[cryptography] Well, that's depressing. Now what?

Nico Williams nico at cryptonector.com
Fri Jan 27 20:37:00 EST 2012

On Fri, Jan 27, 2012 at 3:49 PM, Sven Moritz Hallberg <pesco at khjk.org> wrote:
> On Fri, 27 Jan 2012 13:39:44 -0500, Warren Kumari <warren at kumari.net> wrote:
>> Surely I am missing something here? Or is that really the news?
> I thought the same thing and skimmed (very incompletely) through the
> paper. They do talk about how to hide the saved bits in later sessions
> of particular QKD protocols, so maybe there is something inherent there
> that would make such an attack, say, especially hard to detect in the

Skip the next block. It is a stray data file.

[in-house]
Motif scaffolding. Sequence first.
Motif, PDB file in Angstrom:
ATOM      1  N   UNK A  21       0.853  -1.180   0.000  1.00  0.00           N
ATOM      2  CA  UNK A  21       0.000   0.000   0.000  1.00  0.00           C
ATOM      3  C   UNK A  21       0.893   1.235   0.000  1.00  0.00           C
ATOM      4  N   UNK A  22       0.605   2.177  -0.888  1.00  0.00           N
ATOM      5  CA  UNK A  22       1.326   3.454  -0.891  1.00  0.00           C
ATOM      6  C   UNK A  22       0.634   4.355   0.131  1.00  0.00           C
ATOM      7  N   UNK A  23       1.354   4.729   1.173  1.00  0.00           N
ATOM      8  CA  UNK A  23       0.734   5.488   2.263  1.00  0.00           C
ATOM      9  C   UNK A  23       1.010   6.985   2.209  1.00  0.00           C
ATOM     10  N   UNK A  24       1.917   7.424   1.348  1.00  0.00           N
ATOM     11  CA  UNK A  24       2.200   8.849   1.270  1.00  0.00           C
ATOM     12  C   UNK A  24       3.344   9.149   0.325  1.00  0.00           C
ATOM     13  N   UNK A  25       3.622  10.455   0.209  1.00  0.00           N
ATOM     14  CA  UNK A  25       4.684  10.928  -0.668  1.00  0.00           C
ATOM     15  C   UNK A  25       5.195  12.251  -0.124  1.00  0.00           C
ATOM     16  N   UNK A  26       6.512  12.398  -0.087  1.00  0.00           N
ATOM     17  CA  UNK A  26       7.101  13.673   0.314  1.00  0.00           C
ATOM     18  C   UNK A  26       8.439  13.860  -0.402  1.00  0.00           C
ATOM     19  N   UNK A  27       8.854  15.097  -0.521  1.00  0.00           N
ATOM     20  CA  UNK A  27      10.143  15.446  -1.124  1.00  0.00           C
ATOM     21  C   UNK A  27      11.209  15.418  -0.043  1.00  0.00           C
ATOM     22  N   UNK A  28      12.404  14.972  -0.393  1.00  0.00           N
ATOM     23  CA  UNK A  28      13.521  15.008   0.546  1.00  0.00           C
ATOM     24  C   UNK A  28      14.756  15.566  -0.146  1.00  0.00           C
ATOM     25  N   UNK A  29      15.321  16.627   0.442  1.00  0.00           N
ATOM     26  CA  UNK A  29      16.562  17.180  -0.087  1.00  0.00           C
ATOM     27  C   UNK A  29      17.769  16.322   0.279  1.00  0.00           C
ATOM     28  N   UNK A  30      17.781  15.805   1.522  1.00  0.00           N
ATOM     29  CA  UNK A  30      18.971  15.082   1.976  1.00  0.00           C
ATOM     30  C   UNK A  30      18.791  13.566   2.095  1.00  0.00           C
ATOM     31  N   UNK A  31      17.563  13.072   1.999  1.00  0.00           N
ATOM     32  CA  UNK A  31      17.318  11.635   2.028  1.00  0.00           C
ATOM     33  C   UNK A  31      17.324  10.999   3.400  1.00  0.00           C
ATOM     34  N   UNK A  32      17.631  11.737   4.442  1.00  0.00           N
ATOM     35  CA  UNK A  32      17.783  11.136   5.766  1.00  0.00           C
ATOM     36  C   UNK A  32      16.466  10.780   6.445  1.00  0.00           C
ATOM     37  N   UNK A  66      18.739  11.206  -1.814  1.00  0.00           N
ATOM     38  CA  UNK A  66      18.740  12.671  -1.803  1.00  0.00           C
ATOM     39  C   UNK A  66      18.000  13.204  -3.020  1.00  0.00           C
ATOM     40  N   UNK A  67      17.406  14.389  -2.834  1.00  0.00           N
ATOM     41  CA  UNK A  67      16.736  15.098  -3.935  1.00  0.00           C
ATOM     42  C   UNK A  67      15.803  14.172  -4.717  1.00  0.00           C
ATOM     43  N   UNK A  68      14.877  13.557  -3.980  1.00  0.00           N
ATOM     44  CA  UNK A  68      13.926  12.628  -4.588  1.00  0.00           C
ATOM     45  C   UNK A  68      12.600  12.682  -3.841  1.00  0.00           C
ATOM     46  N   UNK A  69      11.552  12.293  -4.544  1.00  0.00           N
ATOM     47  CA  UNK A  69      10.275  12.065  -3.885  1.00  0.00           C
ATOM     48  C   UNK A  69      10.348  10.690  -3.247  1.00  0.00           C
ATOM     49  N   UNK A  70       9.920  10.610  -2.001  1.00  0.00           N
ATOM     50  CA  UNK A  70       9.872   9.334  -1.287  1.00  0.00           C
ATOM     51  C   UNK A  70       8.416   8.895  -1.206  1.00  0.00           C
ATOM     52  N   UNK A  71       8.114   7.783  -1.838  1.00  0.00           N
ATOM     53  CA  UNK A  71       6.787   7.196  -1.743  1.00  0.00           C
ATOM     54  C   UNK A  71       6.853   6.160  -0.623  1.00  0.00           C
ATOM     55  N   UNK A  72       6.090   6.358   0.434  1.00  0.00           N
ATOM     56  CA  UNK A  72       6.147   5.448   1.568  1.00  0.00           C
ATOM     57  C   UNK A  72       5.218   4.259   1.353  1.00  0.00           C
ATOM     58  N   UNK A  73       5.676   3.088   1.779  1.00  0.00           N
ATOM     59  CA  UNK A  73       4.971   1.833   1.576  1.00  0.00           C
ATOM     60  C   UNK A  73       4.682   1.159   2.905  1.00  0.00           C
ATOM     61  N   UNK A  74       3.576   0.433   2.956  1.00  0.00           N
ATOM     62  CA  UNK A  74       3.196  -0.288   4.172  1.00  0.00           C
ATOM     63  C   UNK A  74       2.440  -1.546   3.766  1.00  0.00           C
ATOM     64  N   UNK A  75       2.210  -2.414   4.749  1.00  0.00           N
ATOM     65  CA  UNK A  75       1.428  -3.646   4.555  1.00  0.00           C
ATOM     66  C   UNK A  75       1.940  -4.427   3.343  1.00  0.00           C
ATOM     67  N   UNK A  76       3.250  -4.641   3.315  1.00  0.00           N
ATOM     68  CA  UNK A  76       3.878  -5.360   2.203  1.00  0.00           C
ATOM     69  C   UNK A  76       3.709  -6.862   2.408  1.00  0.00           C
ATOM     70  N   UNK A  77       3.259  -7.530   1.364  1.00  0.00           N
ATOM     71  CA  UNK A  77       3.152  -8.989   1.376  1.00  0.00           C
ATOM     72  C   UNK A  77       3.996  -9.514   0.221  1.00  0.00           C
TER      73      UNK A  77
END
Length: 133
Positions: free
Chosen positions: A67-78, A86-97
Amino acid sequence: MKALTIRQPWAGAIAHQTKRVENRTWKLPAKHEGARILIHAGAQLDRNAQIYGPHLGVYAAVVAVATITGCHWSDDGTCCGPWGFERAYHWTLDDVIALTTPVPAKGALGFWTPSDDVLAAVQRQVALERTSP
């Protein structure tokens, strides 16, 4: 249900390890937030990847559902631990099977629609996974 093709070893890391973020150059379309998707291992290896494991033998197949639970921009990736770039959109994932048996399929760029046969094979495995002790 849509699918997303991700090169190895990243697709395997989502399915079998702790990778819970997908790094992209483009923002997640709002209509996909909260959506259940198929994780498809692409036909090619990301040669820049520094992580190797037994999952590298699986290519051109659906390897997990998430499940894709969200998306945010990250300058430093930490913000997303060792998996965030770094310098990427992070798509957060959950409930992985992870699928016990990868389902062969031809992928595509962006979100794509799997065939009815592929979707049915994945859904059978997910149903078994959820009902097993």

> QKD setting?

Well, if there were covert, deniable, quantum side-channels in QKD
that the vendor could exploit practically undetectably, then yes, QKD
would suddenly become not just snake oil but poisonous snake oil.
OTOH, if this is just a worry that QKD devices might be compromised
(whether purposefully by the vendor or unwittingly), then this is
nothing new, and QKD remains snake oil.  Quantum authentication that
scales (as opposed to requiring pair-wise physical exchange of
entangled particle pairs) would be a neat trick -perhaps applying
Needham-Schoeder?- but it'd still be a novelty/curiosity IMO.

The idea that QKD is in use by the military gives me pause, unless
it's either completely redundant and classical crypto is still used
(wasteful, yes, but that's a lesser concern), or the military using
QKD is an enemy of the cause of liberty (in which case never mind and
keep at it boys!).


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